|NFL draft another indicator of UT woes |
| Further indictment |
of Fulmer’s failures
There were 252 college football players selected in the annual National Football League Draft last weekend. Tennessee had exactly three players picked, the same number as Vanderbilt. Certainly, Jerod Mayo, Erik Ainge and big tight end Brad Cottam were worthy professional prospects. But what of the Volunteers that were not chosen, what does this say about Phil Fulmer’s ability to not only evaluate talent but also to develop those players to their full potential when they arrive on campus?
Check out this list. It might shock some of you; for others it is only further proof that the Big Orange football program has eroded significantly since their dominating 1998 and 1999 seasons.
Free safety Jonathan Hefney was a preseason All-American and on the watch list for best defensive backs in the nation this past autumn. But at 5-8 and with around 4.6 speed, the pro scouts were totally under-whelmed by his performances at the combines and on film. Hefney was not drafted.
Tight end/H-back/fullback Chris Brown caught 92 passes during a productive career at UT. He was a decent college player but obviously did not have much to offer the play-for-pay people. Very knowledgeable Internet football observers such pointed out that Brown was simply too slow to make it in the big leagues. He was also never mistaken for a dominating blocker.
Some of Fulmer’s main defenders claimed that linebacker Ryan Karl would go as high as the third round of this year’s draft. Karl was not taken. He is simply too slow to play strong safety and too small to line up at the point of attack as a linebacker in the league.
Despite the fact that senior offensive tackle Eric Young missed most of his senior year with an injury, many uninformed Vol fans still crowed that Young would be an early round selection. Not so, Young was another Volunteer who could not make it into the top 252.
A pair of senior defensive ends, Xavier Mitchell and Antonio Reynolds started for the biggest part of two seasons on a very shaky Tennessee defensive unit. Neither was ever much of a pass rusher and frankly, they weren’t that strong against the run either. The two combined for a modest 82 tackles and a miniscule five sacks during the 2007 campaign. Obviously, the NFL talent hunters didn’t have a very high opinion of their chances to grab a roster spot in professional football.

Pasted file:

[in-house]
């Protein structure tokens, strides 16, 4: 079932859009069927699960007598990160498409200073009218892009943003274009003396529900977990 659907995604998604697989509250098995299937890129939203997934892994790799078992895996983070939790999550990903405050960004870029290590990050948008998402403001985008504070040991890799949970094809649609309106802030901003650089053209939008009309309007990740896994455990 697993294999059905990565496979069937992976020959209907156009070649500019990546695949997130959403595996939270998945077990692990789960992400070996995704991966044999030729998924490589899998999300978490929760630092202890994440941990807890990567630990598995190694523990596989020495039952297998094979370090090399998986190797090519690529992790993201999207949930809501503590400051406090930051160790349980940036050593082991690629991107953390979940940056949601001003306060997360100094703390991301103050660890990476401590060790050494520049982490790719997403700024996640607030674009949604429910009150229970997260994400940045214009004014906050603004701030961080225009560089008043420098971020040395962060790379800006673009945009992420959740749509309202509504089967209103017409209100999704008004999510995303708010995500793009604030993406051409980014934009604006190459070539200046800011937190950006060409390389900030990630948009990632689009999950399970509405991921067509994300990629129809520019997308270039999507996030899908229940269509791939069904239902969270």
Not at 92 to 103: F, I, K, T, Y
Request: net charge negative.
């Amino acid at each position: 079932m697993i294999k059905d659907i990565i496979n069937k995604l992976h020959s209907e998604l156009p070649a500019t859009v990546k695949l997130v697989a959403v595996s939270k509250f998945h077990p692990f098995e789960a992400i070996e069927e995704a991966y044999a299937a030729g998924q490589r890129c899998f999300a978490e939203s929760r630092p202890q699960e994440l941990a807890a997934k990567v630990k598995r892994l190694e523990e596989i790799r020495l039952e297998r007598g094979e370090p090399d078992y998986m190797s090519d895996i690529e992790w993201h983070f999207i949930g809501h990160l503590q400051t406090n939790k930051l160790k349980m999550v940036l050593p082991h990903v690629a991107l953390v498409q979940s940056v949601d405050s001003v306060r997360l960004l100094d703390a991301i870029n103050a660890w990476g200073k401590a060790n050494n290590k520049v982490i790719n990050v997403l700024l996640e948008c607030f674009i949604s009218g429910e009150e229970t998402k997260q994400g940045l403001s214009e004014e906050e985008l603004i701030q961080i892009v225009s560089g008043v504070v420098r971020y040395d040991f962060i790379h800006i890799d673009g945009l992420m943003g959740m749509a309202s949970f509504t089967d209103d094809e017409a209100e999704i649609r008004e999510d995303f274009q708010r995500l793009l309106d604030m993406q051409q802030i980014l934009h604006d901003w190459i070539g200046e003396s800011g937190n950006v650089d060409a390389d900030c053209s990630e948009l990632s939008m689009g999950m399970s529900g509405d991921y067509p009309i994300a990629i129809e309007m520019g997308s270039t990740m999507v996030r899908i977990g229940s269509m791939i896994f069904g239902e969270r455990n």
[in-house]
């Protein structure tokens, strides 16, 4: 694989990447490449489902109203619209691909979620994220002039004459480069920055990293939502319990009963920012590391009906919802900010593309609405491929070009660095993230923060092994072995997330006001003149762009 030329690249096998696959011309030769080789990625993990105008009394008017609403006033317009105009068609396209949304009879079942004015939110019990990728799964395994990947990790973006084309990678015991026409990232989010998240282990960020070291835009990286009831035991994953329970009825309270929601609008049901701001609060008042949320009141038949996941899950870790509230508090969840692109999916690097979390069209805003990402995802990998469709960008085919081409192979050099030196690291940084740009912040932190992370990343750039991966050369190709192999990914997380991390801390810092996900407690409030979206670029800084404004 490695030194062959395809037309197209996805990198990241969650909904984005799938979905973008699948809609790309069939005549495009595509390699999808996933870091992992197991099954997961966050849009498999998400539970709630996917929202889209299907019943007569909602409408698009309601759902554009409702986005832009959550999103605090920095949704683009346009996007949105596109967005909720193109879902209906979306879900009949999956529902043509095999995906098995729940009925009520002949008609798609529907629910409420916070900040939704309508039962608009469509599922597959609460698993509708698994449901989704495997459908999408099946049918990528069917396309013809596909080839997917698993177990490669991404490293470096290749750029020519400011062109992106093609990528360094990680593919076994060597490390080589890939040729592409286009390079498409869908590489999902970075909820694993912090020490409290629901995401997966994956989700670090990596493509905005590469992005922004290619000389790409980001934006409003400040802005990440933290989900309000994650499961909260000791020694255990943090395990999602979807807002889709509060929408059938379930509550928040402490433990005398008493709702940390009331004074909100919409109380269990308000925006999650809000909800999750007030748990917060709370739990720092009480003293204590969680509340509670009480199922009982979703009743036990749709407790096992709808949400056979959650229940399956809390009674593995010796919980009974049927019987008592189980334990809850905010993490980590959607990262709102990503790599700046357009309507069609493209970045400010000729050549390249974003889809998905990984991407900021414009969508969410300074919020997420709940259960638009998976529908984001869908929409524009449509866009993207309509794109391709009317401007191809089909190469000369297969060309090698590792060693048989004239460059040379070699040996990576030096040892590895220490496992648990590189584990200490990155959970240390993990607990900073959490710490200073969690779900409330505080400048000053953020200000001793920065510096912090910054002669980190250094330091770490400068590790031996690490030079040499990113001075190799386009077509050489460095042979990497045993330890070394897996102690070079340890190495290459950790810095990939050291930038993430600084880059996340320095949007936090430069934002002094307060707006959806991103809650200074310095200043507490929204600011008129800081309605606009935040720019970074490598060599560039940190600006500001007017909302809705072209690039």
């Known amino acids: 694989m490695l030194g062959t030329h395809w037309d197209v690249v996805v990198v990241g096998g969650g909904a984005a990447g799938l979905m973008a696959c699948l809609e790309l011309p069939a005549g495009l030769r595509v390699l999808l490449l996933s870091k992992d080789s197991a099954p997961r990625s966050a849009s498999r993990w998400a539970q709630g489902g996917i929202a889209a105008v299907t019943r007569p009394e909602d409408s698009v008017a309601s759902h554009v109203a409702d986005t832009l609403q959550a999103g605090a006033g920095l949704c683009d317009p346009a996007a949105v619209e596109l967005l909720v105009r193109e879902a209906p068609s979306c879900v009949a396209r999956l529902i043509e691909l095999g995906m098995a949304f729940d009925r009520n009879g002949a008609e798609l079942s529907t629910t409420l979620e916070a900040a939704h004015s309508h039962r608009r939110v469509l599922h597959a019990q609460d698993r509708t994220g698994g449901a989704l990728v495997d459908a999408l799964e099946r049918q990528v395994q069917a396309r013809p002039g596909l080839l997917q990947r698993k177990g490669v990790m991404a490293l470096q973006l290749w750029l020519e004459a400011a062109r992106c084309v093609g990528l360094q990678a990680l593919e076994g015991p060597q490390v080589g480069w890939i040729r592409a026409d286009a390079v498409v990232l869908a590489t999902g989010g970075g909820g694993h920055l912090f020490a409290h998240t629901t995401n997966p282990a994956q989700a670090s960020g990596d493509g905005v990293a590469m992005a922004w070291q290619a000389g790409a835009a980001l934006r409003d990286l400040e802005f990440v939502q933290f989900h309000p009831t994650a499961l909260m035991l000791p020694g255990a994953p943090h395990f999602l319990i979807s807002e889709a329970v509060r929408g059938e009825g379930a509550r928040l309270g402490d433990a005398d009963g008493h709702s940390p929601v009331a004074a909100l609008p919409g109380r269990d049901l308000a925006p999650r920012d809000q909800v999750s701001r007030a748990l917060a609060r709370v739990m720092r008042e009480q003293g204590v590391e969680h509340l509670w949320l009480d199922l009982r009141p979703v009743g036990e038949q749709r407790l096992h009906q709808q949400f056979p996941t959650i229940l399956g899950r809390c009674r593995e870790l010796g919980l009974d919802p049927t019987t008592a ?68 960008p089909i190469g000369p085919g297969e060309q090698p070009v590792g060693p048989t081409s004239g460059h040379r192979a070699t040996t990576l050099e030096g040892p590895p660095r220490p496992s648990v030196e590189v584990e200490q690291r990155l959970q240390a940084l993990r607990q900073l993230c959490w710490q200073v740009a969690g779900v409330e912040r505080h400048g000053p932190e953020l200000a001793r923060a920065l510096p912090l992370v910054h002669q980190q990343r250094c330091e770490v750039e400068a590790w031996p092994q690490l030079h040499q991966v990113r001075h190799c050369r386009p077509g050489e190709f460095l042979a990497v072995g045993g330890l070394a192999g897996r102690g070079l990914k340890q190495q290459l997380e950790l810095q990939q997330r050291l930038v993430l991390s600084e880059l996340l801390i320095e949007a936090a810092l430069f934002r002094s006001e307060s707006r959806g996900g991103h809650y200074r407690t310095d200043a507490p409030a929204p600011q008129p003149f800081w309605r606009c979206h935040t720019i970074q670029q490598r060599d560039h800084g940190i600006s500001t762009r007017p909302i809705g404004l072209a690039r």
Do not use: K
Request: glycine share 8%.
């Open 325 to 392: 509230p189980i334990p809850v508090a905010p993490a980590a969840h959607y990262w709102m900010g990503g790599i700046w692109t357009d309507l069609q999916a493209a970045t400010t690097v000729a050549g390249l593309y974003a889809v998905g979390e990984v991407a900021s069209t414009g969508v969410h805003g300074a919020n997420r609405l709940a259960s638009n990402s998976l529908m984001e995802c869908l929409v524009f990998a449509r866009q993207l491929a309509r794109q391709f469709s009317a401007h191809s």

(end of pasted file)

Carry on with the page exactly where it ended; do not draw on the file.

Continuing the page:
Ditto that same fickle evaluation for senior tackle Jonathan Mapu. After returning from a two-year Mormon mission, Mapu lacked the fire, strength and skills to catch the eye of an NFL talent tracker. Mapu might want to consider getting into coaching now.
Senior strong safety Jarod Parrish started the first game of the year as Fulmer continued his established pattern of seniority above talent, but Parrish was so bad that he was seldom even sighted after that game. Of course, he will get a free agent tryout, maybe in Canada or the Arena League.
Another senior defensive back, Roshaun Fellows, was booted off the team and may be selling insurance now in Warren, Ark. In a secondary that was as green as a fresh cucumber salad last year, Fellows could have been a stabilizing and capable presence. Instead, he continued a pattern of wasting chance after chance to get himself lined out to play football and obey the rules of the team and the university.
So, we report, you decide. Were these players not really big-time prospects when they were recruited by Fulmer? Or, were they as good as advertised but simply not developed, not coached-up to Southeastern Conference standards by Fulmer and his staff?
Most Tennessee fans that we know expect the team to capture two or three SEC crowns per decade and land in big money ECS bowl games at least that many times per every 10-year period.
The fast approaching football season will mark the 10-year anniversary of Fulmer’s last SEC crown and also the national champions from 1998 will be honored with a reunion at some point this fall. Players being recruited by Tennessee this year were in the first grade when the Vols were last the kings of the hill in the SEC.
A blue chip, big time, five-star football prospect wants to play for championships. He desires to shine in the spotlight of national television appearances and he wants to know how many kids that a particular program has recently sent into the National Football League.
Ten years ago, orange was in as the jersey color of choice by some of these high school superstar athletes.
But now, Florida blue, LSU purple and gold, Georgia red and black, Alabama crimson, Auburn navy blue and yes, even Arkansas’ dark red seem to be more in the vogue. Tennessee’s recruiting class was ranked behind all these schools, plus took a back seat to Ole Miss and South Carolina to boot.
The question at hand
Can new offensive coordinator Dave Clawson and an almost totally revamped staff on that side of the ball save Fulmer’s bacon?
Let’s all mull that one over and address it next week!